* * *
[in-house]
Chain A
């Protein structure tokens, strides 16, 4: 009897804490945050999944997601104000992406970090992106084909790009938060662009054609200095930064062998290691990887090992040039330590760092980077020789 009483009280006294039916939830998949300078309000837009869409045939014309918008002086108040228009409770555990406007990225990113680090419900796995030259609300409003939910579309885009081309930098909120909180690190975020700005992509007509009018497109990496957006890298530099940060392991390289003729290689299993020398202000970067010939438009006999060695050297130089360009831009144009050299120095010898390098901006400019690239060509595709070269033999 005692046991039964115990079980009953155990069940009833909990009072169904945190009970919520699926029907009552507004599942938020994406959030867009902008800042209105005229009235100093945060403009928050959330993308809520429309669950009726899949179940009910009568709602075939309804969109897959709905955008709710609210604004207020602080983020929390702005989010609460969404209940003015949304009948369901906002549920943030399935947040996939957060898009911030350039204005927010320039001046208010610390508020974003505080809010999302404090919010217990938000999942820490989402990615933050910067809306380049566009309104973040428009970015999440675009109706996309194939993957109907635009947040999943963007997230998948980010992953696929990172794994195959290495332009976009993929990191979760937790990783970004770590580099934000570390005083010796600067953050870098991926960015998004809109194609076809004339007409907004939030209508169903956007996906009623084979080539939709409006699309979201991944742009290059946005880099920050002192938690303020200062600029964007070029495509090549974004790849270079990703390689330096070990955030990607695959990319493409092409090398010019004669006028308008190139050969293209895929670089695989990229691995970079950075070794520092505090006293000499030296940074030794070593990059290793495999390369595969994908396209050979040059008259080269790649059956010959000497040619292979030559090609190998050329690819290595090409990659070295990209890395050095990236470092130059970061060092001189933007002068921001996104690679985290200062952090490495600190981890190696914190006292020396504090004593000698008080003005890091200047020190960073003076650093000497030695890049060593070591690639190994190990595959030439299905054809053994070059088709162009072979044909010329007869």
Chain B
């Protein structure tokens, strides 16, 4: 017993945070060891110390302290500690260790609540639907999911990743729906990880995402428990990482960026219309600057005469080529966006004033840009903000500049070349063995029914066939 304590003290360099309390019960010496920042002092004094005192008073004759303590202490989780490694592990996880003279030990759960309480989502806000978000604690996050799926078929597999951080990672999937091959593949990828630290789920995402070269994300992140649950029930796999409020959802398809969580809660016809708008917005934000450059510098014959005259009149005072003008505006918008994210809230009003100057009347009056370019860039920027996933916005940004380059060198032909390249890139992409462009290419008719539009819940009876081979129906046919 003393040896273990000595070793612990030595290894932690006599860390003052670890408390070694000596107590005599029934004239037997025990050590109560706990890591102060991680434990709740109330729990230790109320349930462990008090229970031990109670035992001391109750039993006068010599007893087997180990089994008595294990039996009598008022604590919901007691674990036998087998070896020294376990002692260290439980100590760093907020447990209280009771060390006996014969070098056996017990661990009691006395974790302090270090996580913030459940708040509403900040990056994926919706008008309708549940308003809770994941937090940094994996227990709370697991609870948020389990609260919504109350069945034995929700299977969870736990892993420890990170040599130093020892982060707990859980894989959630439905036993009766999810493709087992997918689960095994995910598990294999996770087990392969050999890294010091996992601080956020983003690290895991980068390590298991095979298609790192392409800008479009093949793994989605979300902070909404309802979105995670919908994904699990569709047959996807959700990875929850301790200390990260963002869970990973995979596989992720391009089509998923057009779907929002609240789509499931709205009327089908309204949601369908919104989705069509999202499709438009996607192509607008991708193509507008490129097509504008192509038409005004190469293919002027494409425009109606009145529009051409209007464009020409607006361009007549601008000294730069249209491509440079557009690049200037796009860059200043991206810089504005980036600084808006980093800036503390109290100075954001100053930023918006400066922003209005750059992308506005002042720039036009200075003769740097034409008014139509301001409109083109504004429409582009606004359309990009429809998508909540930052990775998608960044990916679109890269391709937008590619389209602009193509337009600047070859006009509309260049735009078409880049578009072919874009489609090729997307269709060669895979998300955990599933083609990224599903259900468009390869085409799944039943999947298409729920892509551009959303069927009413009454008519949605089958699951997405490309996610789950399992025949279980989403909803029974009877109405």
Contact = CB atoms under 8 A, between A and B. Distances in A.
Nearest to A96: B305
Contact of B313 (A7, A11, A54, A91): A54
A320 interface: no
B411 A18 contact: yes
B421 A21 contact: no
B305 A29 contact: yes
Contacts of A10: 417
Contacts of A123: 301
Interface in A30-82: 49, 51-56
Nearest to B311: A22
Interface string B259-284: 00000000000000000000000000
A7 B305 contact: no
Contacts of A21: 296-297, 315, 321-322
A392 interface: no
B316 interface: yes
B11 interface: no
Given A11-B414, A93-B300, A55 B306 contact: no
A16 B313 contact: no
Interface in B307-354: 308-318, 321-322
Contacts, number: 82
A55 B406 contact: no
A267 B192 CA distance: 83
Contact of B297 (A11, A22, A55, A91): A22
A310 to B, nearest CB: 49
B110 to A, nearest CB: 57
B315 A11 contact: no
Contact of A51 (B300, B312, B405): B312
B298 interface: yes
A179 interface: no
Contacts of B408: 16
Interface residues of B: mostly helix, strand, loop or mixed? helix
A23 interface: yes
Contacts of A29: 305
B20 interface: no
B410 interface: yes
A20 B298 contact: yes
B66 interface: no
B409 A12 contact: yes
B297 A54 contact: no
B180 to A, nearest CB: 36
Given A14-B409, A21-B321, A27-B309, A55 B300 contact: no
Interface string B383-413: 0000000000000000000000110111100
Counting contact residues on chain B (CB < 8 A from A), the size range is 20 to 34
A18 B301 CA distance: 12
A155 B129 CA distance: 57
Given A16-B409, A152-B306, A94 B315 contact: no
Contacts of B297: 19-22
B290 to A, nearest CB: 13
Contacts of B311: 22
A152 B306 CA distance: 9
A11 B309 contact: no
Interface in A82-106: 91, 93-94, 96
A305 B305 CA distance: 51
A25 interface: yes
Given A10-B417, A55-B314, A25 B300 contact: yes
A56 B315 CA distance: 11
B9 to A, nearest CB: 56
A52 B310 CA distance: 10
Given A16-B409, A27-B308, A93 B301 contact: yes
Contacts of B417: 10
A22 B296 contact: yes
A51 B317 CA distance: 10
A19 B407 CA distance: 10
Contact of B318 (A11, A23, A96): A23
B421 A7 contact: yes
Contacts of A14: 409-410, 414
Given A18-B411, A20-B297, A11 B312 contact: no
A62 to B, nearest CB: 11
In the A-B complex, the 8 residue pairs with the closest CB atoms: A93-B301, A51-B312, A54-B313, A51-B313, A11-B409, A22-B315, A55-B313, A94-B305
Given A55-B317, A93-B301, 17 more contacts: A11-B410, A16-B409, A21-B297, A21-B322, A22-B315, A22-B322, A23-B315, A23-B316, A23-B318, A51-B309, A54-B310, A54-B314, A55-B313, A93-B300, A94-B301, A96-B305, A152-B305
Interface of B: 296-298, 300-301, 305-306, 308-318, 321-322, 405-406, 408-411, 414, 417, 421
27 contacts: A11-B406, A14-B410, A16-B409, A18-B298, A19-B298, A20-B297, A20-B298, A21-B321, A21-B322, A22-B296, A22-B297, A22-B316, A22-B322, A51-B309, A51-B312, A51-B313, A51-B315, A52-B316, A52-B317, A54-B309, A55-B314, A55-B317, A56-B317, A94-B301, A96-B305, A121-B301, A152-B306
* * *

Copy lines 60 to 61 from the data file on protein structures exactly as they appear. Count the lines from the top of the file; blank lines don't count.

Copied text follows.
A25 interface: yes
Given A10-B417, A55-B314, A25 B300 contact: yes